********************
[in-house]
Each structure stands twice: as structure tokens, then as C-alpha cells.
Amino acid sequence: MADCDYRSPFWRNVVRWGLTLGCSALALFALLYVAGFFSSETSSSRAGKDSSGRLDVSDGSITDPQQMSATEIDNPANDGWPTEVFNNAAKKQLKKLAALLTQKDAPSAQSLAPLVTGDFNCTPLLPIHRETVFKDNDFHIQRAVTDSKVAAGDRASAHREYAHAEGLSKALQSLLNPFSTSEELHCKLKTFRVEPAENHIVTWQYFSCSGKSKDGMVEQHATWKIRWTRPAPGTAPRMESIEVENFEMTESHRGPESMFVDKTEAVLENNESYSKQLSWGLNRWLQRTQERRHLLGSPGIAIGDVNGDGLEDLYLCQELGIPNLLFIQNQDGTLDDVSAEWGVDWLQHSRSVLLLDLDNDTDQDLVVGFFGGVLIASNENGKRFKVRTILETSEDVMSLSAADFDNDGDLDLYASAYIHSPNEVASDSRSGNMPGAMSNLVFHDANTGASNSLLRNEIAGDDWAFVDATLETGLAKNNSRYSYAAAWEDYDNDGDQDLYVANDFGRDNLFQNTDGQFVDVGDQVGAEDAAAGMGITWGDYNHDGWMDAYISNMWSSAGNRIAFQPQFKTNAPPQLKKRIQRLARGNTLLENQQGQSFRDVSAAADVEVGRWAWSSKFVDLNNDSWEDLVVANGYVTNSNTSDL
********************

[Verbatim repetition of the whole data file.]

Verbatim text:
[in-house]
Each structure stands twice: as structure tokens, then as C-alpha cells.
Amino acid sequence: MADCDYRSPFWRNVVRWGLTLGCSALALFALLYVAGFFSSETSSSRAGKDSSGRLDVSDGSITDPQQMSATEIDNPANDGWPTEVFNNAAKKQLKKLAALLTQKDAPSAQSLAPLVTGDFNCTPLLPIHRETVFKDNDFHIQRAVTDSKVAAGDRASAHREYAHAEGLSKALQSLLNPFSTSEELHCKLKTFRVEPAENHIVTWQYFSCSGKSKDGMVEQHATWKIRWTRPAPGTAPRMESIEVENFEMTESHRGPESMFVDKTEAVLENNESYSKQLSWGLNRWLQRTQERRHLLGSPGIAIGDVNGDGLEDLYLCQELGIPNLLFIQNQDGTLDDVSAEWGVDWLQHSRSVLLLDLDNDTDQDLVVGFFGGVLIASNENGKRFKVRTILETSEDVMSLSAADFDNDGDLDLYASAYIHSPNEVASDSRSGNMPGAMSNLVFHDANTGASNSLLRNEIAGDDWAFVDATLETGLAKNNSRYSYAAAWEDYDNDGDQDLYVANDFGRDNLFQNTDGQFVDVGDQVGAEDAAAGMGITWGDYNHDGWMDAYISNMWSSAGNRIAFQPQFKTNAPPQLKKRIQRLARGNTLLENQQGQSFRDVSAAADVEVGRWAWSSKFVDLNNDSWEDLVVANGYVTNSNTSDL